As the Galaxy Z Fold 2 is just a month away from being replaced as a current-gen device, some of the components are also slightly inferior to other phones on this list. For example, the Galaxy Z Fold 2 is running on a 2020 SoC (Snapdragon 865+); its triple 12MP cameras are fine but not spectacular (the lack of a Periscope zoom lens is jarring in 2021); and the folding part of the screen leaves a slight crease.
In fact, the next phone on this list has superior hardware all around (other than the lack of Flex Mode), but the Galaxy Z Fold 2 is still considered the best foldable for most people because it’s got the most polished software and is the most readily available foldable for purchase anywhere in the world.
Best Foldable Hardware: Huawei Mate X2
The Huawei Mate X2 is not just the most cutting-edge foldable phone hardware right now. I’d argue it’s the most cutting-edge smartphone hardware — period. Like the Galaxy Z Fold 2, it is also a pocketable smartphone-shaped device that can open up to become a mini-tablet. But the Mate X2 improves on several of the Galaxy Z Fold 2’s shortcomings.
First, the Mate X2’s folding display hides the crease much better. It’s still there, but only visible at extreme side viewing angles and is much harder to feel by hand. Second, the Mate X2 folds completely flat, whereas the Galaxy Z Fold 2 still leaves a bit of a gap.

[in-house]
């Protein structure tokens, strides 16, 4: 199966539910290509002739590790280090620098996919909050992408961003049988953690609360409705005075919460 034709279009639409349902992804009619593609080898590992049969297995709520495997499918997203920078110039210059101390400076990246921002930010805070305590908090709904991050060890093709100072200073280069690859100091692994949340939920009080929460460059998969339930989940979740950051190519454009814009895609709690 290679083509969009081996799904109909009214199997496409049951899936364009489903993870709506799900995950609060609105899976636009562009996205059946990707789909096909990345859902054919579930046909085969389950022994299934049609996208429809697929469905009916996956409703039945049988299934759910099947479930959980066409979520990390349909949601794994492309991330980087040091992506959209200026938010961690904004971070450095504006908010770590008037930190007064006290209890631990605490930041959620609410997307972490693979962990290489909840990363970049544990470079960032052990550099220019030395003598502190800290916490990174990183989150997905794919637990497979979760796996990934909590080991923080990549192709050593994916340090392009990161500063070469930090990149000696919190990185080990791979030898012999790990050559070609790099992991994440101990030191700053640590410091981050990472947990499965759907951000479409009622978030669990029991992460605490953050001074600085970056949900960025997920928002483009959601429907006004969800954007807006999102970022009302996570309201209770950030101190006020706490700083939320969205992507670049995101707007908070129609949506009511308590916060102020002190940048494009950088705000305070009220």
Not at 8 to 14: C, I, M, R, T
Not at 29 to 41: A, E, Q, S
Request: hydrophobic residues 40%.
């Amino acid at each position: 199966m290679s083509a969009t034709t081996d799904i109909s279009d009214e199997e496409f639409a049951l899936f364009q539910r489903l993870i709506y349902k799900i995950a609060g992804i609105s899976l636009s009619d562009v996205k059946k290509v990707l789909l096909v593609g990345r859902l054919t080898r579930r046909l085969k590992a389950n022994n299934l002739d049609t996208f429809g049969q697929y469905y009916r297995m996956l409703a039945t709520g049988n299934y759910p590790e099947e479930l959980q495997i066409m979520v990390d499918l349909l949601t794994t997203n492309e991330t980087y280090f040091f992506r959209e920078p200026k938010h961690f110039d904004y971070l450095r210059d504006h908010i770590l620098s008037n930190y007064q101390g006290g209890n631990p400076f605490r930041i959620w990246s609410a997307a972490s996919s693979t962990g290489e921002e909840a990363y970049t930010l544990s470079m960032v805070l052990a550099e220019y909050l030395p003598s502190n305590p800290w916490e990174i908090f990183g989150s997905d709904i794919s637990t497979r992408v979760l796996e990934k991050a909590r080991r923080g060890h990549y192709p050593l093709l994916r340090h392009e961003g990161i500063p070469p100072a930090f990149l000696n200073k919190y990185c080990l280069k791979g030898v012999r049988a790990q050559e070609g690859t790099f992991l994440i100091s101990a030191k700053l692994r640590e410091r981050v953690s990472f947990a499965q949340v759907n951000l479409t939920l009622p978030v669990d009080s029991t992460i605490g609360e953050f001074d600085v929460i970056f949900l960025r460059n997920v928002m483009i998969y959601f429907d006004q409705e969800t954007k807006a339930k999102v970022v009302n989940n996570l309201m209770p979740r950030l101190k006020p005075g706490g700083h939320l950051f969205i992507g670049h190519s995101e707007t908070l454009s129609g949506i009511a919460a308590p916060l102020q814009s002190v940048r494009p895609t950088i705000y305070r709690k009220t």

Finally, the Mate X2 crammed a flagship-level camera system including a Periscope zoom lens into a body that’s still thinner than the Galaxy Z Fold 2. The latter allows the Mate X2 to capture noticeably better 10x zoom images.
Unfortunately, there are two major obstacles that prevent the Mate X2 from being a viable purchase for most readers. The first is that due to the ongoing US sanctions, the Huawei Mate X2 cannot run Google Mobile Services. The second is the Mate X2 has a whopping retail price of $2,700 and is only sold in China.
But if you have the money to spare, the means to ship this out to you, and don’t mind not being able to run YouTube or Google Docs (among other Google apps), the Huawei Mate X2 is the best foldable hardware yet.
Best Small Foldable Phone: Samsung Galaxy Z Flip 5G
The reason phone brands are all in on a foldable future is that there are undeniable benefits to having a screen that can fold in half: you either have a mini-tablet that folds to become a phone-sized slab, or you can have a normal-sized phone that folds in half to become a petite, ultra-compact device — like the Galaxy Z Flip 5G.